Whatever the design of your handwashing facility, it will need maintenance and repairs. The quicker these are done, the easier it will be for people to maintain handwashing habits. When you design or select a handwashing facility, consider how easy it is to repair or replace parts and how often you will need to do it. It will probably be a trade-off, with the most durable designs needing less frequent repairs, but more specialised people to do them. Irrespective of what type of handwashing facility is being promoted, take time to set up an operation and maintenance plan with owners or users to:
Replenish soap and water regularly (including paying for these items as necessary)
Ensure the facility is kept safe from theft or damage by weather, animals etc
Identify where parts can be sourced or fixed
Ensure that if the facility becomes damaged people report this and can organise parts and repairs.
Ensure that some funding is locally available to cover the cost of repairs.
Name the people who are accountable for each point above.
The following should be considered when setting up plans for operation and maintenance of facilities:
Are there existing mechanisms within your setting which are responsible for WASH related infrastructure (e.g WASH committees) and who may be able to extend their role to care for these facilities?
Are there local/institutional funding mechanisms that could contribute costs to cover consumables and repairs? The cost of repairs is likely to be minimal if shared between many.
Could a roster be established to clean the facility, replenish soap and water, and report any faults? Sharing responsibilities may make the process more feasible. This has been shown to work for the cleaning of sanitation facilities.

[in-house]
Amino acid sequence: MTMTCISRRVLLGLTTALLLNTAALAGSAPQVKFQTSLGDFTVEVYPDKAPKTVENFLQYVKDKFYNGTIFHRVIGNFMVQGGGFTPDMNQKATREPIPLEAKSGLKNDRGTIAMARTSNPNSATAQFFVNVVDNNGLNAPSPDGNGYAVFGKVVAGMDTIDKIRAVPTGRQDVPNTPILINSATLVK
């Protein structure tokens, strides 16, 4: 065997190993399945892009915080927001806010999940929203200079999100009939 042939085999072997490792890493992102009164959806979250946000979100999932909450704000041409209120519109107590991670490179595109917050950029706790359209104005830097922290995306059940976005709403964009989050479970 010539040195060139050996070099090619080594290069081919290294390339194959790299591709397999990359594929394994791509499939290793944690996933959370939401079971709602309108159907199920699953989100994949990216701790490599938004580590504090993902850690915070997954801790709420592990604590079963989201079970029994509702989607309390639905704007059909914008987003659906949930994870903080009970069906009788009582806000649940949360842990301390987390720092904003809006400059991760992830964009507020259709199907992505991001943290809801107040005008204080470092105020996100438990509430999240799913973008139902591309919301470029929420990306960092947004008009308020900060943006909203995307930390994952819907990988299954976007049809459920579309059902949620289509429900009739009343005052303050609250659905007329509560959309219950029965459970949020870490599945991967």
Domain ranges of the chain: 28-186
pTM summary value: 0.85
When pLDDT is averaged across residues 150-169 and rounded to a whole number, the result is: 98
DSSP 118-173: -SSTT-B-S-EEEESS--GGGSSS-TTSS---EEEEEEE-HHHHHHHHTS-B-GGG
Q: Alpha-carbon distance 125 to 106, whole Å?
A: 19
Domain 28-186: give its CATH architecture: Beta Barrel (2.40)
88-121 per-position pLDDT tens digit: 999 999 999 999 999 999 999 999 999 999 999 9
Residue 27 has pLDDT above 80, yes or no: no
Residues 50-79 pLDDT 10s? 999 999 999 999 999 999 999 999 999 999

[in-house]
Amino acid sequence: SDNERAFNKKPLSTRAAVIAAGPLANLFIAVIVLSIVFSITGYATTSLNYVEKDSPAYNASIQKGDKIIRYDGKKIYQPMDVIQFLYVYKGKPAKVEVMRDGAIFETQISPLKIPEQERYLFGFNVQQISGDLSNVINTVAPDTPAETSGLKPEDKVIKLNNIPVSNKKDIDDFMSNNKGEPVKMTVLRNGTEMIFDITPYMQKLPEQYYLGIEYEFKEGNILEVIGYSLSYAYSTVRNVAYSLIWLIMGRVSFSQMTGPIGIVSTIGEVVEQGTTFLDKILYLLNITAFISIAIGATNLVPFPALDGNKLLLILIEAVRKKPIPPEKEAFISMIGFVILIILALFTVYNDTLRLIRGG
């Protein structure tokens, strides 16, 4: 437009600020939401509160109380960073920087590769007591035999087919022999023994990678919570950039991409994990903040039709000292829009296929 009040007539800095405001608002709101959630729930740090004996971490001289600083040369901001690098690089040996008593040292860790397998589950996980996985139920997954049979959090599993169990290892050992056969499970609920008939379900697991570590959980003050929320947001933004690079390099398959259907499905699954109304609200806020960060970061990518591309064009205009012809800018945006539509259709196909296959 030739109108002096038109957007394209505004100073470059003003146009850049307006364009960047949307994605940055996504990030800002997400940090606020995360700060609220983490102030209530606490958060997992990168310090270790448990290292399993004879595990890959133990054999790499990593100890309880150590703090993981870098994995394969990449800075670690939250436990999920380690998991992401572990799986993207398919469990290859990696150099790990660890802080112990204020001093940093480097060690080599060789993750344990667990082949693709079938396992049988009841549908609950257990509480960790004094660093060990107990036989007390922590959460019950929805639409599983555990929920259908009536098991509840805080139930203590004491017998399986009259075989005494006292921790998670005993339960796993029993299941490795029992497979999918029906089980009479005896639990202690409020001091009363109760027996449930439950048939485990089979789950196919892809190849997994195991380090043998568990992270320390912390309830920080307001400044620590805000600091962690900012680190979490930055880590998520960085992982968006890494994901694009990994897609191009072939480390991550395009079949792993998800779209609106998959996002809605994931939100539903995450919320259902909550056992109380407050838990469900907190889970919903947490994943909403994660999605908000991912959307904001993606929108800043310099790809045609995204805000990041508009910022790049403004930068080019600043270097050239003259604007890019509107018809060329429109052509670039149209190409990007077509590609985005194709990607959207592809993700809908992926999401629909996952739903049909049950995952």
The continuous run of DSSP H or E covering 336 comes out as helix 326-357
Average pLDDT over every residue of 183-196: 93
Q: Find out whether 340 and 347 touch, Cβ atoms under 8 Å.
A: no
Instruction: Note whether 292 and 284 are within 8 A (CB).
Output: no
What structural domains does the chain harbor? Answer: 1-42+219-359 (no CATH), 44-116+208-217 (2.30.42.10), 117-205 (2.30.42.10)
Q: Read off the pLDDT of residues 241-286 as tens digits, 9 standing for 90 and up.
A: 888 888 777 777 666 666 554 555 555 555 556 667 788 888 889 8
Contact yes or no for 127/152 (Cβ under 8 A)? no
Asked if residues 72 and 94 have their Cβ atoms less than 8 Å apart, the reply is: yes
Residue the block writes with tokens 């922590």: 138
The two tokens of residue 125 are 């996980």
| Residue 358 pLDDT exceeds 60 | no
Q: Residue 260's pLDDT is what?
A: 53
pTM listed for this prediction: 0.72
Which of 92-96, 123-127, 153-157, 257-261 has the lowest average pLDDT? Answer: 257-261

Is there a logical person or organisation who can care for the facility (e.g. if the facility is outside a business it makes sense for that business to maintain the facility, if it is at a school or health centre try to advocate for costs to be included in budgets)?
How could you recognise those who contribute time or money to maintaining handwashing facilities? Providing social status and rewards and making people feel like they are contributing to a common good could help to motivate involvement.
When setting up plans, it’s important to be realistic about maintenance responsibilities, specifically be frank about time and costs. Make sure the plan is fair and doesn’t place too much responsibility on any one person. Monitor and support those that are involved in maintenance over several months and work with them to troubleshoot challenges. Although local women's groups may seem an obvious entry point, it’s advisable to include all members of the community in the design, construction and maintenance of handwashing facilities, including boys and men and people with disabilities.
Want to learn more about designing effective and sustainable handwashing facilities:
Written by Alexandra Czerniewska
Last update: 02.03.2021